Finding a solution to clean energy is one man's quest

Andrew West has nothing against clean energy.

"But they don't have the capacity to make a measurable difference in the near term," he says.

West says he has spent the past decade and about $7 million searching for solutions to big problems. One of those is clean energy. He and I began an email conversation after West commented on a colleague's blog post about the study "Beyond Boom & Bust," which said clean energy has reached a crossroad because federal support is expected to plunge. The study was put together by the Breakthrough and World Resources institutes and Brookings Institution.

West's focus is on concepts that can make an immediate difference. "We have been held hostage by oil imports, and the availability of energy is necessary for our continued growth," he says.

More than clean energy

West didn't limit his quest to energy. On his site,, he also outlines concepts to tackle and develop sustainable agriculture, assist education, create affordable urban living and enable more effective and job creating charitable giving.

The quest is a big one and potentially all consuming, especially for one guy. But the Earth has big problems, and we all need to do our part. Rebecca Solnit writes of "chipping away" at the problems facing the current economic quagmire and besieged climate on "We now live in a world that is wilder than a lot of science fiction from my youth," she says before extolling her readers to "find your way into solidarity and people power, and dream big about other futures."

And West dreams big. His solutions are listed as intellectual property and owned by his AWEquities LLC. His Solutioneur Foundation is a nonprofit "that seeks to provide assistance in the research, development and demonstration of ideas, concepts and projects that can have an important social impact and can be shared with the world more rapidly."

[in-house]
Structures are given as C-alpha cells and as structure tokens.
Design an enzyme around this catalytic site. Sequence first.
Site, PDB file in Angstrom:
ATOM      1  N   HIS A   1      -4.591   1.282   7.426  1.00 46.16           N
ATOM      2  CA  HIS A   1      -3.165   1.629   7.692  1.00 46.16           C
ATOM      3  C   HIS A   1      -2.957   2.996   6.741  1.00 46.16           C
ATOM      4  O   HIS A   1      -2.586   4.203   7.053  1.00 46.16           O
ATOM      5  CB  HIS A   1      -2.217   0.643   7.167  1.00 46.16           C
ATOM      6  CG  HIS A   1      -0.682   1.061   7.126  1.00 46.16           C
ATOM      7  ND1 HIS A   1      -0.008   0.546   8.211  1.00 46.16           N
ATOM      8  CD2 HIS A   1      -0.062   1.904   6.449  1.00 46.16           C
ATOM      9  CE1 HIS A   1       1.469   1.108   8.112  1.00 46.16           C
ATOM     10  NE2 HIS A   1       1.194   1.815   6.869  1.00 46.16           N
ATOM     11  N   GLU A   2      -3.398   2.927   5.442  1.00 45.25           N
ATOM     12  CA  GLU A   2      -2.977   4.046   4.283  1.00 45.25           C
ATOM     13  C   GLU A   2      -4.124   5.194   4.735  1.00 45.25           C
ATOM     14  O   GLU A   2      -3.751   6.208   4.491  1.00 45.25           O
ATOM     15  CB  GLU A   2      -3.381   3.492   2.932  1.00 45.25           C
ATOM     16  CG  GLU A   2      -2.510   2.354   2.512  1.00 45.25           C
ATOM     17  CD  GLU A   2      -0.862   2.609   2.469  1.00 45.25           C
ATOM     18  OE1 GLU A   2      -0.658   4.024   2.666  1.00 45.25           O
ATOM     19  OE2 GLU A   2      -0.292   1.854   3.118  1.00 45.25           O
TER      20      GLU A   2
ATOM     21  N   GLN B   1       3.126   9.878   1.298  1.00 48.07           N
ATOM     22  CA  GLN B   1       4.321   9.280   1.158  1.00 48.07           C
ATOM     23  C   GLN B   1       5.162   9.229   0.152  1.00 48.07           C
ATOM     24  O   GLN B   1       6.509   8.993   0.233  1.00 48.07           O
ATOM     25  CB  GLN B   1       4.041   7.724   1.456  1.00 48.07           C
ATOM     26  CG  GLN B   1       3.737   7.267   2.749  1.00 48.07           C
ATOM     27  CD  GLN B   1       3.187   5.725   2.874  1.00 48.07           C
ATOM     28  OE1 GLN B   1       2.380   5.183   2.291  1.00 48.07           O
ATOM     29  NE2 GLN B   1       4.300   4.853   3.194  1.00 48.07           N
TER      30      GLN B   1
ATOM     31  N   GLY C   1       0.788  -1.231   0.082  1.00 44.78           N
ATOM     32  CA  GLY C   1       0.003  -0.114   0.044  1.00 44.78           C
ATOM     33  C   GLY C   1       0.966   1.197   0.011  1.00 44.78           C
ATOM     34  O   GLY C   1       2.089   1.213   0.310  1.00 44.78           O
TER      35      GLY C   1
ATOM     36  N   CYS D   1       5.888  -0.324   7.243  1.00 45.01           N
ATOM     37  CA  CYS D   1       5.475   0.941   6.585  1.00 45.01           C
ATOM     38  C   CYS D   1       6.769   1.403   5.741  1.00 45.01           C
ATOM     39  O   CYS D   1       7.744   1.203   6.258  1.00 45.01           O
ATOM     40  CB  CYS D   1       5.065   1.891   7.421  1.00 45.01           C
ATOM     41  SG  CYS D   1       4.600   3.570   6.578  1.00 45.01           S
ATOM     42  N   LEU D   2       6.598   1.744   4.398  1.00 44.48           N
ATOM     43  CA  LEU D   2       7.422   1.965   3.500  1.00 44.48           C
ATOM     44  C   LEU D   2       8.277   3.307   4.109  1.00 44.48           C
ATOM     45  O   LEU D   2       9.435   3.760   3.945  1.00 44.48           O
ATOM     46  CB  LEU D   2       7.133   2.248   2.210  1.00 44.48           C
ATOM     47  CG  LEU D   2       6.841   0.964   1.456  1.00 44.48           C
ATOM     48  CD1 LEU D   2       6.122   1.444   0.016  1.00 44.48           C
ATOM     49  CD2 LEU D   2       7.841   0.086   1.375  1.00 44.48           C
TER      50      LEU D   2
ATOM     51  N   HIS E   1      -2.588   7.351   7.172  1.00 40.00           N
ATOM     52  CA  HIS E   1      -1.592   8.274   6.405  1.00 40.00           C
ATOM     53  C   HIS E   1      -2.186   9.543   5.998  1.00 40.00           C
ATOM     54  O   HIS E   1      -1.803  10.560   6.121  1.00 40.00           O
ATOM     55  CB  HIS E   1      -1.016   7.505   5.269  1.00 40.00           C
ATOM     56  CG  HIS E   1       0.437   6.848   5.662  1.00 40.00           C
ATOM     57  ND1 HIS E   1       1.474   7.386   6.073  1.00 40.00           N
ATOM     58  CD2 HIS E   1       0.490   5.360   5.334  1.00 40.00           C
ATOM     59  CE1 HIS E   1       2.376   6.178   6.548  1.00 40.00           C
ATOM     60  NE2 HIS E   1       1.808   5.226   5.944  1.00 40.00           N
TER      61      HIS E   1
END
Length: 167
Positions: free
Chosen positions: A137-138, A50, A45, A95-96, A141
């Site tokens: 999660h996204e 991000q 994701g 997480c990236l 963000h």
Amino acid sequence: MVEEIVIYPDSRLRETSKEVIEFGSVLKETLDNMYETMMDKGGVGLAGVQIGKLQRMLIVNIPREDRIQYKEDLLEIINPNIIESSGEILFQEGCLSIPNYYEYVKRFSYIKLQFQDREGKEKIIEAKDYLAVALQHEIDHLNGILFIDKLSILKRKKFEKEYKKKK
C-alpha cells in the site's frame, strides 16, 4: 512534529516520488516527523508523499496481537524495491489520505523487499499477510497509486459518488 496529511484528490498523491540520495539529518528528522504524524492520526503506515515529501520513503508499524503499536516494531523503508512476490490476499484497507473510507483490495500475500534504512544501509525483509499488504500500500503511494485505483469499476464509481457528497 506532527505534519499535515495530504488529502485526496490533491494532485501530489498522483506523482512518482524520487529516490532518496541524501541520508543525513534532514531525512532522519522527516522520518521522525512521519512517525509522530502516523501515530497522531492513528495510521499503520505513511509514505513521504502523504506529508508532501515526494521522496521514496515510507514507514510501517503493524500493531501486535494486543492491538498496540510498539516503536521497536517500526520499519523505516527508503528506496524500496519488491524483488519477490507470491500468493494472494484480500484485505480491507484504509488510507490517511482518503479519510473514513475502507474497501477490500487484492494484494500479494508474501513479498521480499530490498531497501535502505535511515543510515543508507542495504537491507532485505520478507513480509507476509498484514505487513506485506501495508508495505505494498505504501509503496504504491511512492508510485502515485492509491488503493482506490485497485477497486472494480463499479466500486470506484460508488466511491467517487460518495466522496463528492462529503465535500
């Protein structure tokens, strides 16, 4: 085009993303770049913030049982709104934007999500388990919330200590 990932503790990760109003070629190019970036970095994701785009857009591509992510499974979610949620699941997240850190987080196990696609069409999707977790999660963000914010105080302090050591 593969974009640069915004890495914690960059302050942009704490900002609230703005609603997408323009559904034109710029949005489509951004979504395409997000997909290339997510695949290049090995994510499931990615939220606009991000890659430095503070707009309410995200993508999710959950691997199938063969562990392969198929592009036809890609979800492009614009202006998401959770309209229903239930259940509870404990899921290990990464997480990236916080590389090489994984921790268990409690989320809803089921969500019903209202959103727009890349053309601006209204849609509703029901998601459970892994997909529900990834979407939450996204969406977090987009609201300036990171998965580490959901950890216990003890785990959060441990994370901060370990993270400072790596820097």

Oxy-fuel combustion

As for clean energy, he suggests replacing coal and traditional natural gas-fired power plants with oxy-fuel combustion technology, which he says can produce twice the kilowatts and slash emissions compared to traditional natural gas plants. Oxy-fuel technology also has been tested using coal to reduce pollution by the National Energy Technology Laboratory.

Oxy-fuel combustion has been extensively studied but a google search shows much of it geared to coal and CO2 sequestration. The process involves burning fuel in a nitrogen-lean and carbon dioxide-rich environment, accomplished by supercharging the combustion process with exhaust gas and oxygen, according to a Massachusetts Institute of Technology study.

This results in emissions "of predominantly carbon dioxide and condensable water" rather than traditional nitrogen-rich stack exhaust. Applications also include manufacturing, studies show.

West says he'll release information on a project to demonstrate oxy-fuel combustion on a natural gas power plant in the near future. "Oxy-fuel natural gas can reduce CO2 by 80 percent, eliminate NOx and SOx, without any increase in the price of electricity," he says.

Plug-in hybrids

West says with cleaner energy, the best option for transportation is hybrids that have a range of about 50 miles on batteries (basically a little better than a Chevy Volt). "This would reduce CO2 emissions from automobiles by 50 percent or more," he says.

An analysis by Adam Aston at of conclusions by the EVProject, which has compiled data from 24 million miles of electric vehicle drivers, shows that most EV drivers don't exceed 27.7 miles a day, that Volt owners like to use electric mode rather than gas, that average recharge times are 1.5 hours and that it's too early to judge demand.

West says, "I know there is a lot of anger towards any fossil fuel, including natural gas, but it can be burned cleaner and the results make a significant difference now."

He's one of a growing army of people looking to promote change an idea at a time.